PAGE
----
This change of authority and culture had a great impact on English Society as a whole.

Locally it would bring with it the Laws of the Forest that would have a huge impact on the landscape and the people of this area.

The area that would become Medieval Sherwood Forest.




Click here for more ‘Stories from the Forest’…

The Future of Sherwood’s Past

 


Project page links:

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 Project Home page

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About the Project

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Awards

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 Media

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Research Aims

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 Working with Specialists

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Social Media - Follow us

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The Sherwood Forest
National Nature Reserve Archaeology Survey

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Long term Research at 
King John’s Palace:
Ancient Royal Heart of Sherwood Forest

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The Sherwood Forest Archaeology Training Fieldschool

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“Scirwuda- Mapping the Greenwood”: Place-names,
Ghost and Shadow woods of Sherwood Forest Project

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Investigating Thynghowe Viking
Meeting Site

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Searching for the 
The Battle of Hatfield

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Edwinstowe Church Survey

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 Fieldswork at St Edwin’s Chapel

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St Mary’s Norton- Cuckney Church Survey

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 Mapping Medieval Sherwood Forest

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The Sherwood Forest LiDAR
Project

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The Sherwood Villages Project:
Settlement Development in the Forest

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Sherwood Heath Survey

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 Clipstone Village Dig

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Researching Edward IIs fortification at Clipstone Peel

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Ransom Wood Survey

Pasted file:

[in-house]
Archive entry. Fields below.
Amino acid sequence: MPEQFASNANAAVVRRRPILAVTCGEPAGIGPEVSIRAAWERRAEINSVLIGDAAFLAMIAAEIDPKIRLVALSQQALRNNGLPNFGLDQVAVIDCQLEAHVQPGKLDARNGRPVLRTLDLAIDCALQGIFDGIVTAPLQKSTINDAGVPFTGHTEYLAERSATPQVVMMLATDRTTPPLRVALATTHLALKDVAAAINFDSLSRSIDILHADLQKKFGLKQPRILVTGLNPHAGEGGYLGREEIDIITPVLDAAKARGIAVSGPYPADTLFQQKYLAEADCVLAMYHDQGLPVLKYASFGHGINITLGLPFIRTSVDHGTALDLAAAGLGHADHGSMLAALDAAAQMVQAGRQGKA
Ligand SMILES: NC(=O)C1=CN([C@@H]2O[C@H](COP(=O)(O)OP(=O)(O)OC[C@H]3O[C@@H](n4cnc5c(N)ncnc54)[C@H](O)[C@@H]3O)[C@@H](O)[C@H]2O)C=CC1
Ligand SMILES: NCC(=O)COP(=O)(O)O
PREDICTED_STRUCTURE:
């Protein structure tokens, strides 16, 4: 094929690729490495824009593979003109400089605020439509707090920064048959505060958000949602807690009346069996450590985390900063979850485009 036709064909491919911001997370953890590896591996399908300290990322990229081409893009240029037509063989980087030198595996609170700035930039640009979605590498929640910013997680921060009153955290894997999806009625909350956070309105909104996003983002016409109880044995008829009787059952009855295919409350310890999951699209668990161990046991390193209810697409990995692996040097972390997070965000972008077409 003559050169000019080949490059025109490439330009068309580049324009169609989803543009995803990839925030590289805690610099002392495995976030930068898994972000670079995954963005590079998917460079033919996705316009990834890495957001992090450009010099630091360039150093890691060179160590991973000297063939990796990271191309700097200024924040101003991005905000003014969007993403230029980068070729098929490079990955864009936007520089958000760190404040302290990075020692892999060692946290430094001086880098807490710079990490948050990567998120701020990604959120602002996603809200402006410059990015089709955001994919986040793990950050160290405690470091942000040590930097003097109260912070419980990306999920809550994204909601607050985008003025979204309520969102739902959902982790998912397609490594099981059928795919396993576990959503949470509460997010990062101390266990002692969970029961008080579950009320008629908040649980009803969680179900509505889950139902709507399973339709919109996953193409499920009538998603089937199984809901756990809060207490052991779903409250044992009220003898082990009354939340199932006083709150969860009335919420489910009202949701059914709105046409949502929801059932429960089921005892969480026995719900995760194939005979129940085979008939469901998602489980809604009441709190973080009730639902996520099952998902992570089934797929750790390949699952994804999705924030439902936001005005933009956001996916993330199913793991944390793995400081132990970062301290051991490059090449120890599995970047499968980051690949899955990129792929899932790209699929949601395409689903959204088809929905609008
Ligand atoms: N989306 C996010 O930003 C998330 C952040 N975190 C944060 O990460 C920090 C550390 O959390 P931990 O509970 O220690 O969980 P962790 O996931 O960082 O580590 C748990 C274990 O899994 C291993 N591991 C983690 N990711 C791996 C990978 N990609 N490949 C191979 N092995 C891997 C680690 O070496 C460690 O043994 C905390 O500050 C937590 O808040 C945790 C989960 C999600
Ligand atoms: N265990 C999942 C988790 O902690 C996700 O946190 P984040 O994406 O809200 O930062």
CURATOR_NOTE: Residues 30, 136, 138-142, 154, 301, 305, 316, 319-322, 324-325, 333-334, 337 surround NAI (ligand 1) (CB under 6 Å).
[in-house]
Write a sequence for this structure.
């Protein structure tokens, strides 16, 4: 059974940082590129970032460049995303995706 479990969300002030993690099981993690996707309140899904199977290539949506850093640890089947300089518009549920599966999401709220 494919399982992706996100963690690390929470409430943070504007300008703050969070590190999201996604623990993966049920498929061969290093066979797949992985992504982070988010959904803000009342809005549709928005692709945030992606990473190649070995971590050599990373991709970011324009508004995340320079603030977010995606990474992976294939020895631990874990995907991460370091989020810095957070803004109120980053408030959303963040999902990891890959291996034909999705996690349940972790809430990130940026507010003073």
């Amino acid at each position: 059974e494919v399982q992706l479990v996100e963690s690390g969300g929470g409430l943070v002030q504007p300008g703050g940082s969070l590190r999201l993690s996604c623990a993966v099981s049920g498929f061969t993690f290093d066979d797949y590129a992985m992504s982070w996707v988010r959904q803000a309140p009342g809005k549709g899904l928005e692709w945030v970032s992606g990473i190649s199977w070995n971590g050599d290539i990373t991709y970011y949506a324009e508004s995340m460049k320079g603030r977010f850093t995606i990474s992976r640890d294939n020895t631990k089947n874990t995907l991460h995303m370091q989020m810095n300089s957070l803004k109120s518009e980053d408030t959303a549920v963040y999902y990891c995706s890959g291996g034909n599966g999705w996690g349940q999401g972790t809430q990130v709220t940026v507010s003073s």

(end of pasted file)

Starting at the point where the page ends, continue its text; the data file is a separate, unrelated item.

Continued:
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Thoresby Estate Survey

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 Robin Hood’s Village Dig

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The Landscape of Wellow Project

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The Cistercians of Rufford Project:
Settlement Development, Dynamics and Desertion.

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Sherwood Forest Environmental Survey

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World War II in Sherwood Forest - Mapping the camps, munitions and more

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World War I in Sherwood Forest - Mapping the camps, munitions and more

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Coal Mining in Sherwood Forest

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About Medieval Sherwood Forest

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Robin Hood and Sherwood Forest

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 Outlaws & Villains

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 Historical Research

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 Stories from the Forest

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Book Reviews

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 Bibliography

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 Funding the Project

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 Project Partners

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 Project Sponsors

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 Robin Hood Challenges

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Outreach Bus Tours

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 Links page